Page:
Sunday, August 14, 2022

Eagles training camp 2022: Three battles to keep an eye on, including rookie Nakobe Dean fighting for LB job

Exciting times are ahead for the Philadelphia Eagles, as the franchise enters the season with the highest expectations since 2018 — the year it attempted to defend its Super Bowl championship. 

The Eagles have a young quarterback who is looking to prove he’s the franchise signal-caller in Jalen Hurts, giving him a talented offense that includes wide receivers A.J. Brown and DeVonta Smith, tight end Dallas Goedert, and running back Miles Sanders. The Eagles also bolster arguably the best offensive line in football. 

Defensively, the Eagles welcomed with the offseason acquisitions of edge rusher Haason Reddick, cornerback James Bradberry, and linebacker Kyzir White. They also drafted defensive tackle Jordan Davis in the first round and surprisingly landed Nakobe Dean in the third round, giving the unit a fresh look that is expected to be significantly improved in 2022. 

Even though the Eagles have a good roster on paper, there are still a few positions that need to be settled in training camp. All NFL teams have the training camp battles that make the summer months special, as each franchise works to build a Super Bowl champion during the dog days of August. For the Eagles to compete for a Super Bowl, these position battles will play a major role in the direction Philadelphia heads this fall. 

These are the three training camp battles Eagles fans should keep an eye on at the NovaCare Complex and in the preseason games over the next five weeks.

1. Nakobe Dean vs. T.J. Edwards (off-ball LB)

The Eagles are going to have an intriguing competition for the middle linebacker role, but this job will ultimately be determined by how Dean develops. A first-round talent that fell to the third round because of confusion regarding a pectoral muscle injury, Dean was the only player in the nation with at least five sacks (finished with six sacks), two forced fumbles and two interceptions in 2021.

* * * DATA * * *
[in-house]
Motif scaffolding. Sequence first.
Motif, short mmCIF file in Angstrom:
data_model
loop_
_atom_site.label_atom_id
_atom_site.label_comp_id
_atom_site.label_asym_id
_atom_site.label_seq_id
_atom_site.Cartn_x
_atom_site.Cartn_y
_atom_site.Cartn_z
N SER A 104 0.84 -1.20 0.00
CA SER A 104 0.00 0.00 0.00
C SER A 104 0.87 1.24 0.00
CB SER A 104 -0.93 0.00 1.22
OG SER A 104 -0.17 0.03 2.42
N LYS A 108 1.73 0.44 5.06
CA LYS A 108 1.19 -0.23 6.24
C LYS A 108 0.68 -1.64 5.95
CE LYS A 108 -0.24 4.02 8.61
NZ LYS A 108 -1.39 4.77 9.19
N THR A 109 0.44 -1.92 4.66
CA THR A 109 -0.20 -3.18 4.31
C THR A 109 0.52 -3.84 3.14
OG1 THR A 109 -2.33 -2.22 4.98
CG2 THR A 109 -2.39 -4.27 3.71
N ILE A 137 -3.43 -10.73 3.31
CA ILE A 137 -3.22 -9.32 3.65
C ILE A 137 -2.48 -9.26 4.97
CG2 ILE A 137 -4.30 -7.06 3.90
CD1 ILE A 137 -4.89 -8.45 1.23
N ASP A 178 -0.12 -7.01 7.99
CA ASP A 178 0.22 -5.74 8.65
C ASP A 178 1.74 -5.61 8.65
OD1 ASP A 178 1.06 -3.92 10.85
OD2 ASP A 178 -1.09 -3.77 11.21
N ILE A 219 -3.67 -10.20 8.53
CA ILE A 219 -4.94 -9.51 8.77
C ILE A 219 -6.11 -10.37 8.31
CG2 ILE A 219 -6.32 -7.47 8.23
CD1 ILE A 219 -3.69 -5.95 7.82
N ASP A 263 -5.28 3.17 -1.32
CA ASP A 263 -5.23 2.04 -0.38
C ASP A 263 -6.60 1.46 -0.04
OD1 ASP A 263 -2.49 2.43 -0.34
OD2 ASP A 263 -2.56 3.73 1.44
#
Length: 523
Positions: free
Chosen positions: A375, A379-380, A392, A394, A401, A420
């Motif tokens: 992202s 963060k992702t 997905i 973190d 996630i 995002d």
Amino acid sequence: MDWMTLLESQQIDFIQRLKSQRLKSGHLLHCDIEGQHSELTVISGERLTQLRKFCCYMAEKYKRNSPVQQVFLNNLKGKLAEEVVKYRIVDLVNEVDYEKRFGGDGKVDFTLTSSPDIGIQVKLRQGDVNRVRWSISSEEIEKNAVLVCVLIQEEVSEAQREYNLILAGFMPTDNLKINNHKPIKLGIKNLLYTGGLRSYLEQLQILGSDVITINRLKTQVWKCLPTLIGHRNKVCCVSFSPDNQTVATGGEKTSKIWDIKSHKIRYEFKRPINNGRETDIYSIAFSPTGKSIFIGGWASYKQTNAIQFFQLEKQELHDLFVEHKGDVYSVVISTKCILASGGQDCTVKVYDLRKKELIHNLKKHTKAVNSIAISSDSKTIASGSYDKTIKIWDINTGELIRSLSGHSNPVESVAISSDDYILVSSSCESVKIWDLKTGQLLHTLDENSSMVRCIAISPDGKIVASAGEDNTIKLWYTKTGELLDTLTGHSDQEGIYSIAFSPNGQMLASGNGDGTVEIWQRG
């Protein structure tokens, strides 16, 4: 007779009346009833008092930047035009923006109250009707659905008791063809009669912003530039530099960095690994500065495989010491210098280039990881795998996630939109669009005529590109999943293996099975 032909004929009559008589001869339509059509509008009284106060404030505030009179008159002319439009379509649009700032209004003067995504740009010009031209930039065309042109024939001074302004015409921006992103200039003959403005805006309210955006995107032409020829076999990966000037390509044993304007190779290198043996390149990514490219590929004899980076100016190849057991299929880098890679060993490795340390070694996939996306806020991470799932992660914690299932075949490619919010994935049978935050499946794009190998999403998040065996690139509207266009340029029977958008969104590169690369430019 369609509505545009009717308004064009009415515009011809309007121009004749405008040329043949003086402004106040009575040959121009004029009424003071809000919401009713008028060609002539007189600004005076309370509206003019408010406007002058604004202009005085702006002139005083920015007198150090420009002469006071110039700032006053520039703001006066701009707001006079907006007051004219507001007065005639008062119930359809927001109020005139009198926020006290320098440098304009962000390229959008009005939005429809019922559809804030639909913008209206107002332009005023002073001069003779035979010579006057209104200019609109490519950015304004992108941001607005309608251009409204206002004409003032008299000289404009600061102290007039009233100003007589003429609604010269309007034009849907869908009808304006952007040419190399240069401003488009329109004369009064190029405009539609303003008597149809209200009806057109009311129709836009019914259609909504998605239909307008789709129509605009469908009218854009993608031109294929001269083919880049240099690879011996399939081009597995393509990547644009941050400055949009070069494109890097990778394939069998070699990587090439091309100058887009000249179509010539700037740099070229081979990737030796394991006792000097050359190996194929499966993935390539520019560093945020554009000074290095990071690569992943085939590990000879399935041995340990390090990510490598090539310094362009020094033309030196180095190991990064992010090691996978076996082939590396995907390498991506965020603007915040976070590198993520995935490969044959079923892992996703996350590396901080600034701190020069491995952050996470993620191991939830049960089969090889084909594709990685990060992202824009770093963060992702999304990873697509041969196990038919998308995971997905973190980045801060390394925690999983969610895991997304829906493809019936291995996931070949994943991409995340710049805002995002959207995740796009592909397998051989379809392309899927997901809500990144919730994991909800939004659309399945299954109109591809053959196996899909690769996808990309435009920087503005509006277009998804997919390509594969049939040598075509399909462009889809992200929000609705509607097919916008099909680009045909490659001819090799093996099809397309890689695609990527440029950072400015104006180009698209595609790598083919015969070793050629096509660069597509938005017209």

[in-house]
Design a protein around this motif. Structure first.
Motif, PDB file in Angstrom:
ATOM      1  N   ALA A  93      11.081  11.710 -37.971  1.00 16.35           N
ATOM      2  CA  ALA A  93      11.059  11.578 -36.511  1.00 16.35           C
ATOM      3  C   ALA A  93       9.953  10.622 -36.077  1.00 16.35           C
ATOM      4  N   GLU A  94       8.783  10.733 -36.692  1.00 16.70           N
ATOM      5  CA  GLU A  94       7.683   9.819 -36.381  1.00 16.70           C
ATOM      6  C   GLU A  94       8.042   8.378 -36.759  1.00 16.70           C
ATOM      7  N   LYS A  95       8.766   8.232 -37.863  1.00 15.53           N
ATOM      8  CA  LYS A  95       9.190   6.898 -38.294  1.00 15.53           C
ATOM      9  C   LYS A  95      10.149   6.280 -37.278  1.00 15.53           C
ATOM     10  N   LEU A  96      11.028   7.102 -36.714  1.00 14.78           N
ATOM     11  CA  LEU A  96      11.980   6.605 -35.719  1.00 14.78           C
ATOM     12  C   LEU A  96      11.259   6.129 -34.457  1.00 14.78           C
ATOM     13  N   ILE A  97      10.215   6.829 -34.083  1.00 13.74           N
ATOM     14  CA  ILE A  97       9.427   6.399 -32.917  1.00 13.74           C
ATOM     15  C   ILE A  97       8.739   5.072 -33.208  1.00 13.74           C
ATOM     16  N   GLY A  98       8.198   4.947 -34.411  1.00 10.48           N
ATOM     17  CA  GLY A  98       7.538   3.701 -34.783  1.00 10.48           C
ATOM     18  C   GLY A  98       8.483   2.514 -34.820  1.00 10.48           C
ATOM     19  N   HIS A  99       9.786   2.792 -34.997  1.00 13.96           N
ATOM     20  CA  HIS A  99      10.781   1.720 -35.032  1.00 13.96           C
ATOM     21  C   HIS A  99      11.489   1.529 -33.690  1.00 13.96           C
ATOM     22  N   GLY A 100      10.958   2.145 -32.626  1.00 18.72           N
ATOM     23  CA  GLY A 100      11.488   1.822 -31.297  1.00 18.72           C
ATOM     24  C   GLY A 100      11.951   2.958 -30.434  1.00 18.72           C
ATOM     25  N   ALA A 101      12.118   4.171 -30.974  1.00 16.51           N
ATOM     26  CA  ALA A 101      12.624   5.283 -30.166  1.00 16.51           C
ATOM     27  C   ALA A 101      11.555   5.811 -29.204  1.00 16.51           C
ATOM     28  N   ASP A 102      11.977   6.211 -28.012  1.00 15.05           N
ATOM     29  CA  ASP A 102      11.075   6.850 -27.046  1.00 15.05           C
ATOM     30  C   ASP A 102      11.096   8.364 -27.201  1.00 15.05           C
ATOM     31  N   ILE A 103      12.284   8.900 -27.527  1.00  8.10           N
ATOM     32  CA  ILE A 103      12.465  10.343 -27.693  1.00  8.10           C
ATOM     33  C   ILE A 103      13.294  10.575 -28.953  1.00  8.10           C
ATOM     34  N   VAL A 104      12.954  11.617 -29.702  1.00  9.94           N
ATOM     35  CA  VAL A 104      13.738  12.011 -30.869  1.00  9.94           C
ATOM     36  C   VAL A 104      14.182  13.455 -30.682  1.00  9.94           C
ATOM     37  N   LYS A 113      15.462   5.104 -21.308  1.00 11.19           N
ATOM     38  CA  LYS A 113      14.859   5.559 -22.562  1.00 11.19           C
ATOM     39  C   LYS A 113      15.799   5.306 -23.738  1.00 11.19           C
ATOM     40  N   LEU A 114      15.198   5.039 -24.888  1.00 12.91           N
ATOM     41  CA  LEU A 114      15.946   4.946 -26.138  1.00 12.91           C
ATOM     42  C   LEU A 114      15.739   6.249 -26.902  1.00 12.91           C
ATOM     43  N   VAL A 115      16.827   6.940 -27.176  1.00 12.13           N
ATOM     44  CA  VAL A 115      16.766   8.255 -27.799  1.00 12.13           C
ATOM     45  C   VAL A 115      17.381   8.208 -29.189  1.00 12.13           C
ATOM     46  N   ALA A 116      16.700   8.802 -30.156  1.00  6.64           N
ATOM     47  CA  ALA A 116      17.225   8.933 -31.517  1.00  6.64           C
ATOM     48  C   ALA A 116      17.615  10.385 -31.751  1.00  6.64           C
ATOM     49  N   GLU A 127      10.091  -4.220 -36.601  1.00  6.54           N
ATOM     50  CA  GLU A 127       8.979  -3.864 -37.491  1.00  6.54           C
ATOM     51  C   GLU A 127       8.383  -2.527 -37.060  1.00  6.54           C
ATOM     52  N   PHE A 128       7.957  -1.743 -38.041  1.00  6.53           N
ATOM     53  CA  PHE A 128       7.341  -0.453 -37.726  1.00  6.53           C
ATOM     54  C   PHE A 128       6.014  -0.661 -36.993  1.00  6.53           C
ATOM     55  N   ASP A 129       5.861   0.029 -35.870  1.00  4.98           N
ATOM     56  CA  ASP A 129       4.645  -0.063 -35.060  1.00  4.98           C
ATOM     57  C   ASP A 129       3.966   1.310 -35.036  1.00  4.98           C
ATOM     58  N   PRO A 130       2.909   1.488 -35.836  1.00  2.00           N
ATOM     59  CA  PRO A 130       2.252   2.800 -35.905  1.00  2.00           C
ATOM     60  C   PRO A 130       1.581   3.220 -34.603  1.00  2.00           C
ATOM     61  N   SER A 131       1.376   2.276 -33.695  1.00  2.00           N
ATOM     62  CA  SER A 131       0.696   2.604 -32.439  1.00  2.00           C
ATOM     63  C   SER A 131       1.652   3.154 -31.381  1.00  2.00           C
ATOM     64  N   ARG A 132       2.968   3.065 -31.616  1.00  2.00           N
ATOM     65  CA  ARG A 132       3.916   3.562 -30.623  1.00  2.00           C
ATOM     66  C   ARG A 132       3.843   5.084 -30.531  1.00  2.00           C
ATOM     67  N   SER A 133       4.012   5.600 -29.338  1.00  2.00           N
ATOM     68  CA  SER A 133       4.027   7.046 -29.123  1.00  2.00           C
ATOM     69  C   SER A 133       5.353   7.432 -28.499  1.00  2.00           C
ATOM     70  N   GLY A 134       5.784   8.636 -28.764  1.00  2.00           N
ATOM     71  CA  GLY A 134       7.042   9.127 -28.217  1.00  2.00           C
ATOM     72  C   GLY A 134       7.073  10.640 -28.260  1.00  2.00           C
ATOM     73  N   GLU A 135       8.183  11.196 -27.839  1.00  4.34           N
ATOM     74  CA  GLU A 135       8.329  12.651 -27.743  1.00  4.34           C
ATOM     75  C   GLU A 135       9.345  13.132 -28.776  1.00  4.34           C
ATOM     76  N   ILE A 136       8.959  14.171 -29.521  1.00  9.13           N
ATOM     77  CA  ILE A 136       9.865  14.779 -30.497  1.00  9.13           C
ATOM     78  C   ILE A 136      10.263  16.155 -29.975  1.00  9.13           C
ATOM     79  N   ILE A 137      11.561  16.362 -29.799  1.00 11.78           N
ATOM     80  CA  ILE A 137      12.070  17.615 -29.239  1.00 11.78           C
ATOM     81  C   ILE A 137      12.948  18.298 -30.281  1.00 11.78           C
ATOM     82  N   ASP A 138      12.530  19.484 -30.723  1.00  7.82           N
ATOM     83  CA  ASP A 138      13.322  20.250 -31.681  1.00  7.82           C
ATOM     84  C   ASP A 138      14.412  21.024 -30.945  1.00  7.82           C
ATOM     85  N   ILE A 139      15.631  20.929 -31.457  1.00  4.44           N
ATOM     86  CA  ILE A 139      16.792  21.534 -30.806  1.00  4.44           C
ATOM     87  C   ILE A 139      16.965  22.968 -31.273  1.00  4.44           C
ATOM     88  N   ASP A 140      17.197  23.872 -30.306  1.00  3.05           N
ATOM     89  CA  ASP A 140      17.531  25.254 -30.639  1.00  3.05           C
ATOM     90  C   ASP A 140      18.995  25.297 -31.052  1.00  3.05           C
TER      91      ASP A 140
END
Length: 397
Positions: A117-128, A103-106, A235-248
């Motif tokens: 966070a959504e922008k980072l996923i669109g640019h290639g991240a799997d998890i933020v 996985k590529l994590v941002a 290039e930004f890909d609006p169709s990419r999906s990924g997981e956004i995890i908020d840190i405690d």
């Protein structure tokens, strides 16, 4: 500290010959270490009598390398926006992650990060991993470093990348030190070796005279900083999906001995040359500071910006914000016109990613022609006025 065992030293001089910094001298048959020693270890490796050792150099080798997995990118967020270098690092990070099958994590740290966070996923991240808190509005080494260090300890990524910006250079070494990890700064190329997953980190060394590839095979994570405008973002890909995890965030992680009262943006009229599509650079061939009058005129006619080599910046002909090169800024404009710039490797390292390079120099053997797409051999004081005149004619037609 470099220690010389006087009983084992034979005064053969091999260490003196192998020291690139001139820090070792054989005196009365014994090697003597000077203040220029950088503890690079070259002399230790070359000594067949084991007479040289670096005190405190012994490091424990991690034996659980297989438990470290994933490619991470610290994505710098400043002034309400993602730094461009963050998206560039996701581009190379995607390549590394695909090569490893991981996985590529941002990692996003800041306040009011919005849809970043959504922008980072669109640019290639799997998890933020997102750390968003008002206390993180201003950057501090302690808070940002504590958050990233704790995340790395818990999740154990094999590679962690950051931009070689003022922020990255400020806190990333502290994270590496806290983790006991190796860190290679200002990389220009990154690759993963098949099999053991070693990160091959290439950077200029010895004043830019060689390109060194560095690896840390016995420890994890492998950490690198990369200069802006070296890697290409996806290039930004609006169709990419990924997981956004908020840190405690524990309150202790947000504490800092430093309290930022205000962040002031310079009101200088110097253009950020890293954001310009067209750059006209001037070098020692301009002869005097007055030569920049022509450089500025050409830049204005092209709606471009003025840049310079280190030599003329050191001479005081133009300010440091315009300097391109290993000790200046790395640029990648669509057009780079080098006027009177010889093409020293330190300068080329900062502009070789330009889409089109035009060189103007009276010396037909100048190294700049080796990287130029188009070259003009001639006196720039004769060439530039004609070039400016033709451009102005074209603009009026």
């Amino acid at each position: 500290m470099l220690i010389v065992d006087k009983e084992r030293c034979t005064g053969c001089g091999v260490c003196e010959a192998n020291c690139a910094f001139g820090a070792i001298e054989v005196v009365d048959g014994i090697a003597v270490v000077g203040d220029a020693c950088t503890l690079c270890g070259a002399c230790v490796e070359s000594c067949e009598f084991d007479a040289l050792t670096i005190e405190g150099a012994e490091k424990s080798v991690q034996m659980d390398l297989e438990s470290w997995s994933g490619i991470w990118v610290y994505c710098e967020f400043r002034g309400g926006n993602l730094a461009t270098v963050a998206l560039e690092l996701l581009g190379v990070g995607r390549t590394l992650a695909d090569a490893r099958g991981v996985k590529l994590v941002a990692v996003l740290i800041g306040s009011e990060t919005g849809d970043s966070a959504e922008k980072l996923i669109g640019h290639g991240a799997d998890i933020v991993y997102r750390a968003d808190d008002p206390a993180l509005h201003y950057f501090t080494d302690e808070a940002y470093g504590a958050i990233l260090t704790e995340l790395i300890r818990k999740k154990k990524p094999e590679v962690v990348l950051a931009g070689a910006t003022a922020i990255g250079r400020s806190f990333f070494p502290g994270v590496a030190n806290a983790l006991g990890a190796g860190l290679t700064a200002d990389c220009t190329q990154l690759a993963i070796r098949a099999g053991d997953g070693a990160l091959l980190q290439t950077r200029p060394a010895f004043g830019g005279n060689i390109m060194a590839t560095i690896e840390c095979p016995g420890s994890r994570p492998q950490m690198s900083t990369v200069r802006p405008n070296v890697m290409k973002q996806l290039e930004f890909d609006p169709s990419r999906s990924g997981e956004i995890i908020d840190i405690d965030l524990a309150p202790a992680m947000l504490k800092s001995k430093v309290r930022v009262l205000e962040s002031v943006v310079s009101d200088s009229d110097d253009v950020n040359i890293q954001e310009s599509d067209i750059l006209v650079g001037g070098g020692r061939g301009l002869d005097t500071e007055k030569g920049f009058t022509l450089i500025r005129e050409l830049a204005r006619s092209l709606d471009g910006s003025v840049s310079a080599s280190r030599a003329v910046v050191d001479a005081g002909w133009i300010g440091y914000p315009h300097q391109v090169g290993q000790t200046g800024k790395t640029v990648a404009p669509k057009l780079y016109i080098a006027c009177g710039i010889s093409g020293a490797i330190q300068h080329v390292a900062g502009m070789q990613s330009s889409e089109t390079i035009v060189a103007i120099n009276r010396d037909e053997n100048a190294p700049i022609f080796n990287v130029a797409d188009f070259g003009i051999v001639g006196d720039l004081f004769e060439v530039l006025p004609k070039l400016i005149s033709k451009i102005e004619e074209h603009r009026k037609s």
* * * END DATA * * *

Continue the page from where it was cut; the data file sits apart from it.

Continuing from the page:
Dean has been learning the MIKE and WILL positions in minicamp, giving the Eagles options in how they can use him in their defense. He’s also in contention to get the defensive play calls (the green dot on the helmet), which would cement him as one of the leaders on the unit if that comes to fruition. Dean appears ready for a significant role on the Eagles defense. 

So where does that leave Edwards? The Eagles also have White, who can play the WILL in pass situations. If Dean is at the MIKE when White is at the WILL, Edwards is left as a reserve linebacker with Davion Taylor. If Dean plays the WILL, Edwards can slide into the MIKE — which White could also play in run situations. 

Edwards has a role in the Eagles defense and has been productive (he was one of five players with 125 tackles, one interception, and one fumble recovery in 2021). If Edwards doesn’t start, he’ll have a valuable role on this unit as a backup at the MIKE to Dean. He’ll be on this team, but it will be interesting to see how Edwards fits in if the Eagles want Dean on the field as much as possible. 

2. Isaac Seumalo vs. Jack Driscoll/Cam Jurgens (starting RG)

The right guard competition has plenty of worthy candidates, yet Seumalo could be the odd man out due to Landon Dickerson seizing his left guard job last year. Seumalo is a valuable asset on the offensive line, with the ability to play guard, center and tackle (started a game there his rookie year), but injuries over the past few seasons have been a deterrent toward his long-term future with the franchise.